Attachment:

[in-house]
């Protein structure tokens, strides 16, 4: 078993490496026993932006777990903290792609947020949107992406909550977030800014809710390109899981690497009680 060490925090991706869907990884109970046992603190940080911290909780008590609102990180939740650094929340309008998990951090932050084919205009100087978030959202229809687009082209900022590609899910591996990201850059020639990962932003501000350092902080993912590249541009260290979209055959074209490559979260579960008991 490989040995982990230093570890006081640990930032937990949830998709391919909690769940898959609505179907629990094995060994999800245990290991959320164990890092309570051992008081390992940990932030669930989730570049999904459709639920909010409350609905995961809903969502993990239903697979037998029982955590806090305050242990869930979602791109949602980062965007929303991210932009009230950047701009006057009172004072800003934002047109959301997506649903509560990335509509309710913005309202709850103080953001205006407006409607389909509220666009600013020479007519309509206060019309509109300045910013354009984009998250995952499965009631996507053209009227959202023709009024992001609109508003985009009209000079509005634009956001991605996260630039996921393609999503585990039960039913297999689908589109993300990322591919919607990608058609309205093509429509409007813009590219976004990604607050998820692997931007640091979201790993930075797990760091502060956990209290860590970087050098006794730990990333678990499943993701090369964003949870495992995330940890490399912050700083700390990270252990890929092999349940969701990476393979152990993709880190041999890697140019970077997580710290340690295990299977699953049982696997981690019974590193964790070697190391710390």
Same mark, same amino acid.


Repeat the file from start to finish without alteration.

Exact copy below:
[in-house]
């Protein structure tokens, strides 16, 4: 078993490496026993932006777990903290792609947020949107992406909550977030800014809710390109899981690497009680 060490925090991706869907990884109970046992603190940080911290909780008590609102990180939740650094929340309008998990951090932050084919205009100087978030959202229809687009082209900022590609899910591996990201850059020639990962932003501000350092902080993912590249541009260290979209055959074209490559979260579960008991 490989040995982990230093570890006081640990930032937990949830998709391919909690769940898959609505179907629990094995060994999800245990290991959320164990890092309570051992008081390992940990932030669930989730570049999904459709639920909010409350609905995961809903969502993990239903697979037998029982955590806090305050242990869930979602791109949602980062965007929303991210932009009230950047701009006057009172004072800003934002047109959301997506649903509560990335509509309710913005309202709850103080953001205006407006409607389909509220666009600013020479007519309509206060019309509109300045910013354009984009998250995952499965009631996507053209009227959202023709009024992001609109508003985009009209000079509005634009956001991605996260630039996921393609999503585990039960039913297999689908589109993300990322591919919607990608058609309205093509429509409007813009590219976004990604607050998820692997931007640091979201790993930075797990760091502060956990209290860590970087050098006794730990990333678990499943993701090369964003949870495992995330940890490399912050700083700390990270252990890929092999349940969701990476393979152990993709880190041999890697140019970077997580710290340690295990299977699953049982696997981690019974590193964790070697190391710390």
Same mark, same amino acid.